Florida Statute 61.046 defines Shared Parental Responsibility as a court ordered relationship in which both parents retain full parental rights and responsibilities with respect to their minor child, and in which both parents confer with each other, so that major decisions affecting the welfare of the child will be determined jointly. In most other States, this is called Joint Legal Custody.
When parents who are separating or divorcing cannot come to an agreement regarding how to divide visitation or parenting time, the judge makes this decision based on the following factors, along with what is in the child's best interests:
- The mental and physical health of each parent
- The length of time the children have lived at a current residence
- Each parent's fitness in terms of morals
- How willing each parent is in terms of keeping the other parent informed of the children's activities and interests, and encouraging a strong and loving relationship with the other parent.
- How willing each parent is to place the children's needs over their own desires
- The children's history in terms of home, school, and community connections.
- The ability of each parent to meet the developmental needs of the children.
- The ability of each parent to provide children with a consistent schedule or routine in terms of meals, bedtime, homework, etc.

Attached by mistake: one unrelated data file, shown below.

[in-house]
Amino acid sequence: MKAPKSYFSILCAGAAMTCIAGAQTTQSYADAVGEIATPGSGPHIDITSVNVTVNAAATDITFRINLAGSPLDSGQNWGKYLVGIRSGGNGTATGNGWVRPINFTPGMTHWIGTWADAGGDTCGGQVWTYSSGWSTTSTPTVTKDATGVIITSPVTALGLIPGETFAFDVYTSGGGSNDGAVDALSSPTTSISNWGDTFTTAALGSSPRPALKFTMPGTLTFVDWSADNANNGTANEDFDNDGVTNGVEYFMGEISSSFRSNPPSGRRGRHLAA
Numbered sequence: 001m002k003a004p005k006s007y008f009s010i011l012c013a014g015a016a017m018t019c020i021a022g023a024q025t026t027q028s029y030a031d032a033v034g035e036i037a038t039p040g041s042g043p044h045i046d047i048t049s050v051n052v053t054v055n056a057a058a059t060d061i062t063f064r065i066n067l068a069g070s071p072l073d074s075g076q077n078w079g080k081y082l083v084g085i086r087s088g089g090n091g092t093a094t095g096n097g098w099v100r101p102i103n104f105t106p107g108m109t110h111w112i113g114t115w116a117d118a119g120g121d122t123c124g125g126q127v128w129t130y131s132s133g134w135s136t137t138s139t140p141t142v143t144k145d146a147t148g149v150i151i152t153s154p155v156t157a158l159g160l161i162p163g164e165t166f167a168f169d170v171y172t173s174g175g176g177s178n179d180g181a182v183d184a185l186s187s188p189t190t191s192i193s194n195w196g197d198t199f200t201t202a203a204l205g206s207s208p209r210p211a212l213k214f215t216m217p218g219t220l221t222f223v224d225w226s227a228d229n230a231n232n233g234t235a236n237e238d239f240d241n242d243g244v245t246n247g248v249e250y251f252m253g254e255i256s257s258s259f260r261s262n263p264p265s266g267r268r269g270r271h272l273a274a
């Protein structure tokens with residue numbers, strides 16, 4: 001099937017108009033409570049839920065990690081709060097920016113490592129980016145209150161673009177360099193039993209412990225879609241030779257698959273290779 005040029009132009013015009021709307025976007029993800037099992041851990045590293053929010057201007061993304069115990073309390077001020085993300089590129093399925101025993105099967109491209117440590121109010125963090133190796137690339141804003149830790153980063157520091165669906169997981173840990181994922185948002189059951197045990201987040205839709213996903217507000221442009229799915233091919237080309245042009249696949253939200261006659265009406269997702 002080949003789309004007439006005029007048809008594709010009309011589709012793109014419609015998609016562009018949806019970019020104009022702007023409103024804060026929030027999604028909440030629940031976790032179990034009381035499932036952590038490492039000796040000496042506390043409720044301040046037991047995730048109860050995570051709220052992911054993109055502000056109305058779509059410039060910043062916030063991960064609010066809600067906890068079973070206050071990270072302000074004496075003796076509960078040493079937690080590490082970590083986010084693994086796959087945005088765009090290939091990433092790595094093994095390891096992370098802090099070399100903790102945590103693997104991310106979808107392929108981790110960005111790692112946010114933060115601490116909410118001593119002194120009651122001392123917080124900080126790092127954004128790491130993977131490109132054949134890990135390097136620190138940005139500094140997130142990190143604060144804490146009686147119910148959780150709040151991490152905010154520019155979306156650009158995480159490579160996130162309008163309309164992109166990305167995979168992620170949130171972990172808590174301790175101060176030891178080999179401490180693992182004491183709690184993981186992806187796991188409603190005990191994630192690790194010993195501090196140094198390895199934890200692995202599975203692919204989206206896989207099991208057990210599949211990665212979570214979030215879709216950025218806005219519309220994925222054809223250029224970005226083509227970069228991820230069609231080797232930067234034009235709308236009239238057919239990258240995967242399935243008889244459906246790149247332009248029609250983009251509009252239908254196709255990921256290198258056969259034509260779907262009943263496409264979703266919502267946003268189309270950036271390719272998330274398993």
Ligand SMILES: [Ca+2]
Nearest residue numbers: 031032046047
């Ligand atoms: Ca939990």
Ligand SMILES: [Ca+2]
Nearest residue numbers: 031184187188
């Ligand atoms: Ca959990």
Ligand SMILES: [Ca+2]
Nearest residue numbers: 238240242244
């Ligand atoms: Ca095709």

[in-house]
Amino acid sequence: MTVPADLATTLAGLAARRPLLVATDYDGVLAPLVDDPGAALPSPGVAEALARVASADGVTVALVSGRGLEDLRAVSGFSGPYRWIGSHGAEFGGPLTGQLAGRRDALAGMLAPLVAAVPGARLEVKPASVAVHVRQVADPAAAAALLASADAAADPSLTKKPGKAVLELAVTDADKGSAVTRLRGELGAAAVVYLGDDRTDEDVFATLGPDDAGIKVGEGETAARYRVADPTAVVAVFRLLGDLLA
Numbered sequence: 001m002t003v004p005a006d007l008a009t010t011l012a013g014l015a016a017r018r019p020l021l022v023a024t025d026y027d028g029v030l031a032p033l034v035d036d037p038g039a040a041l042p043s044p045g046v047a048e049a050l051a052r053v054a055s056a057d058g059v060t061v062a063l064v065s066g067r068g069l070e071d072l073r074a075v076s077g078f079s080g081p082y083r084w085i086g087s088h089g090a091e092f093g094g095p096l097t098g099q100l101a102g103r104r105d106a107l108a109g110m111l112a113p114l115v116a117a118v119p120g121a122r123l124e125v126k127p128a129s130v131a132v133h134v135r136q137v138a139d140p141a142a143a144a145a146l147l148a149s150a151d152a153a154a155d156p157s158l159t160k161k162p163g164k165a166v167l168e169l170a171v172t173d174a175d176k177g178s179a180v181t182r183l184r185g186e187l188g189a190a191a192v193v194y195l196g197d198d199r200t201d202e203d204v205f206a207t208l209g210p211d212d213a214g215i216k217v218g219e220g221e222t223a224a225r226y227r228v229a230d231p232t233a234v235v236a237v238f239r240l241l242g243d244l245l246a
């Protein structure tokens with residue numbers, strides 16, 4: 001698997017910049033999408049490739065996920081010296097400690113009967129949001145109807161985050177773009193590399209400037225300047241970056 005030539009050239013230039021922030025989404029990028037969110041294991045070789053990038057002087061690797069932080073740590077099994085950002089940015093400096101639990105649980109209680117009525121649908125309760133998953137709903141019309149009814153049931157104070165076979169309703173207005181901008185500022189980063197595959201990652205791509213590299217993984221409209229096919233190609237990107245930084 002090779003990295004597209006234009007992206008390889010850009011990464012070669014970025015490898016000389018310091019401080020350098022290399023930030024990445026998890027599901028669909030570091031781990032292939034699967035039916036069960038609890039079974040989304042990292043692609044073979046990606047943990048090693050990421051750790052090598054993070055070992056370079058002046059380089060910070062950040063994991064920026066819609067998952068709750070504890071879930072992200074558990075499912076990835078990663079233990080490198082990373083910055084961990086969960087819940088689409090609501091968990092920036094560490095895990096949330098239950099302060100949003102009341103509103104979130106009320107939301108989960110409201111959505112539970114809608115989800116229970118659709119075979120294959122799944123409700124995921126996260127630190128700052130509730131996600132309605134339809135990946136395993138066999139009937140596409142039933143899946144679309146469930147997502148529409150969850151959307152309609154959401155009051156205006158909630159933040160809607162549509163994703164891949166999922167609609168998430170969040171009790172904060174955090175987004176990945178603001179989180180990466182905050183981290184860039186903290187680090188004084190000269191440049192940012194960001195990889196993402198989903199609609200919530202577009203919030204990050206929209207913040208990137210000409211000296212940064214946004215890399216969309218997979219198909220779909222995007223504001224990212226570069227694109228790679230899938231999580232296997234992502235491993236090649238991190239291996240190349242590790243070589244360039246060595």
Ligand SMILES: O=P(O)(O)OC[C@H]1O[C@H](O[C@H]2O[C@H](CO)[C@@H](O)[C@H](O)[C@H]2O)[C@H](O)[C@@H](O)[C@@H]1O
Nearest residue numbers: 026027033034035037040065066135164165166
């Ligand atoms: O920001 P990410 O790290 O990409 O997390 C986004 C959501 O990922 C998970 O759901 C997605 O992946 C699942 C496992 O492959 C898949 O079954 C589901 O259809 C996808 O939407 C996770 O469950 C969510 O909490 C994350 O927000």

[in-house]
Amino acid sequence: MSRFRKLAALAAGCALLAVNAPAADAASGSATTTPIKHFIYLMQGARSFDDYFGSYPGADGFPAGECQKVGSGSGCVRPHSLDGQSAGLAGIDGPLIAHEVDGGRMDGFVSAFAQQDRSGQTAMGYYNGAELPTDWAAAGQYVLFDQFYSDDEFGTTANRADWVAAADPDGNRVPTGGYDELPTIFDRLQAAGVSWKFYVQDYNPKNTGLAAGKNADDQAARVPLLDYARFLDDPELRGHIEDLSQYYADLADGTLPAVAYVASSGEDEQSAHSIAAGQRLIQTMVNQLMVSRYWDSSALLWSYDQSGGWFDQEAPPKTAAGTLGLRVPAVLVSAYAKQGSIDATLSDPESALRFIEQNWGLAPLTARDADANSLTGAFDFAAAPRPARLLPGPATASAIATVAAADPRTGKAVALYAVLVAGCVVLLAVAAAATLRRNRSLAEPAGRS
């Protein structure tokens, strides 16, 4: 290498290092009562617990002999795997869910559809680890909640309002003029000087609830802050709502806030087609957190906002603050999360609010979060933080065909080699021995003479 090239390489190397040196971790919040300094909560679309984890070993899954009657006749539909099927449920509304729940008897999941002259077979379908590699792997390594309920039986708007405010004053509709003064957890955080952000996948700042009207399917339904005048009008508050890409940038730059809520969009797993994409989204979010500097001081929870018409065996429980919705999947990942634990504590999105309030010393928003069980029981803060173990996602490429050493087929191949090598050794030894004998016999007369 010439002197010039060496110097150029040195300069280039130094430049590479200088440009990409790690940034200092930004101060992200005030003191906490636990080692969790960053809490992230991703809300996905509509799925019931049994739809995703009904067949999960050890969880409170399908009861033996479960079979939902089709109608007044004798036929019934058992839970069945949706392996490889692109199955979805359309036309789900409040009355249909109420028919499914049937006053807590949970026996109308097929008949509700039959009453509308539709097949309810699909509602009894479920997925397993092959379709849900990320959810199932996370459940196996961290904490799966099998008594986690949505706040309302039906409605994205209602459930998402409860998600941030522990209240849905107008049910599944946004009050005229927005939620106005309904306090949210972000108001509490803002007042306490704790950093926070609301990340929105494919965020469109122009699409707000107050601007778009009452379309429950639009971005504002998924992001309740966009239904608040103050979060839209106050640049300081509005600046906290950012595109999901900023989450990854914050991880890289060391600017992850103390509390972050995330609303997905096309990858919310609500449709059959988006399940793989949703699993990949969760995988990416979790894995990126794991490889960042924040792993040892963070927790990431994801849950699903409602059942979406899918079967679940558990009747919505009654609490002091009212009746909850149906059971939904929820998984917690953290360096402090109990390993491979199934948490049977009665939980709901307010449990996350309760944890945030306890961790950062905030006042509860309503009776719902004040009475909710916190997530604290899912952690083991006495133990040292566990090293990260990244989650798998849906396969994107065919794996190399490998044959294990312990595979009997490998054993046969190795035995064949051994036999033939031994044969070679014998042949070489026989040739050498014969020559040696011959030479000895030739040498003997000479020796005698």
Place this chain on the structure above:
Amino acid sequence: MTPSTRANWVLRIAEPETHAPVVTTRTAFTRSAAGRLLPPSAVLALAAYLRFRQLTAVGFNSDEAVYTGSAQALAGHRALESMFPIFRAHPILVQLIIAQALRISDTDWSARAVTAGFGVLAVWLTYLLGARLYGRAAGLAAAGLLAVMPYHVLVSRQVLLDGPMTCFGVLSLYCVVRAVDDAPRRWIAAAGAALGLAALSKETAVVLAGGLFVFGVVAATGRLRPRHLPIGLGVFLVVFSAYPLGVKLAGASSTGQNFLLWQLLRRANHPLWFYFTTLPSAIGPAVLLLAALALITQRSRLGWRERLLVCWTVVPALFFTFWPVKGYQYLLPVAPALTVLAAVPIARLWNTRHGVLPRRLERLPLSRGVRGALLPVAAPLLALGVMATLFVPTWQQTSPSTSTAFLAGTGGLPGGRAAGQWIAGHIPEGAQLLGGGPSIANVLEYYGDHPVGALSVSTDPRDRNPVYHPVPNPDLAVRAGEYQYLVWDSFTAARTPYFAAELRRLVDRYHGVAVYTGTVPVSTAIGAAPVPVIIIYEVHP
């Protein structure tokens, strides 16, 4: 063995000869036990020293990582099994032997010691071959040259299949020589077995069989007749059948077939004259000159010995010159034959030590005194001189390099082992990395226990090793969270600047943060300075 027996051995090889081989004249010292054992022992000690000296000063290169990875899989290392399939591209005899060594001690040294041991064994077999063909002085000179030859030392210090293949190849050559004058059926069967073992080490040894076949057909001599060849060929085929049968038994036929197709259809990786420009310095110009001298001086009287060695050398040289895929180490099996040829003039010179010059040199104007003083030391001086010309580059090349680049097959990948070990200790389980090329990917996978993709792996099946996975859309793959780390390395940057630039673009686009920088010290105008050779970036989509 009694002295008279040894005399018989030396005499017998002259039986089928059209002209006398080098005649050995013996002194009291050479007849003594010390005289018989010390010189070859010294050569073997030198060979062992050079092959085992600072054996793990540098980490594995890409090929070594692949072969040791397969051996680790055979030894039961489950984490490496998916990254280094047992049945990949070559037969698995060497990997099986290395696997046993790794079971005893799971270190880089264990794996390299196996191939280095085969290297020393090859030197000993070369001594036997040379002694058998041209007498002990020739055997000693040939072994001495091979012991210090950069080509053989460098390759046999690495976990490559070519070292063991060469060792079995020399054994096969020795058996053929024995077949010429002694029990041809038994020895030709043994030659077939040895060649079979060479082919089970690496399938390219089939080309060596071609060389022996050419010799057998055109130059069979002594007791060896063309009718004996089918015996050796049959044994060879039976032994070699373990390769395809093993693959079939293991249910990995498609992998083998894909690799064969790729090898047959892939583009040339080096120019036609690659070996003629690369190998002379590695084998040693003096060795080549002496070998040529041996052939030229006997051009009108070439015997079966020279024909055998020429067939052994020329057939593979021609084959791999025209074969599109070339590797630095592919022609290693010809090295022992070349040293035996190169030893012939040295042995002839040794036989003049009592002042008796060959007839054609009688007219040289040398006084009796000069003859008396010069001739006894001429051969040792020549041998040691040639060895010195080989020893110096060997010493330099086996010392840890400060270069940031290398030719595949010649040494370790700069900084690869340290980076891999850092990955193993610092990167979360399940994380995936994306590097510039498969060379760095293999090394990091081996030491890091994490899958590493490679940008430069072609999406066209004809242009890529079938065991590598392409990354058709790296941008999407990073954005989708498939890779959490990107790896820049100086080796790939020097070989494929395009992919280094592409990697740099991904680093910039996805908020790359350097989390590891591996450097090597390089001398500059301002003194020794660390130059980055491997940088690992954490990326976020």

- Whether there is evidence in either parent's home of drug use, violence, child neglect, or child abuse.
- Depending on the child's intelligence and maturity a child's preference as to which parent he or she will live with.
When is a Child's Preference Considered by the Court?
In most states, a specific age (such as 14 or 15) is set when a child's preference of which parent he/she wants to live with is considered by the court. This is not the case in Florida, as there is no particular age set and the decision is left up to the judge's discretion. However, most judges will take into account a child's preference around the age of 12 or 13, along with other factors such as the child's intelligence, maturity, the child's experiences with each parent, and whether the child understands the decision being made.
In addition, the judge will take into account factors such as if a child may be choosing to live with a parent out of rebellion against the parent who currently has custody, or if a child is being promised lavish toys or items such as a fancy computer, an electric bike, a fabulous vacation, etc. if the child goes with one parent who is making those promises.
Over the past 15 years, Florida law has changed its focus drastically regarding how issues involving children should be decided in divorce proceedings. In the past, the main task of the judge in a divorce case was to make decisions about how to divide control over the children between parents.
Today there is a much stronger emphasis on encouraging parents to work out the details regarding their children's care as they stay focused on the children's best interests.
Learn How Attorney William J Leininger Can Protect Your Interests In A Custody Case
To schedule a consultation and to learn more about how attorney William J Leininger can help protect your interests in a child custody case, contact our Sarasota family law firm online or call our office at 941-727-5555. We represent clients in Sarasota and Manatee Counties and surrounding areas. We offer a Free Consultation and schedule appointments Monday through Saturday, including some evenings. What have you got to lose?
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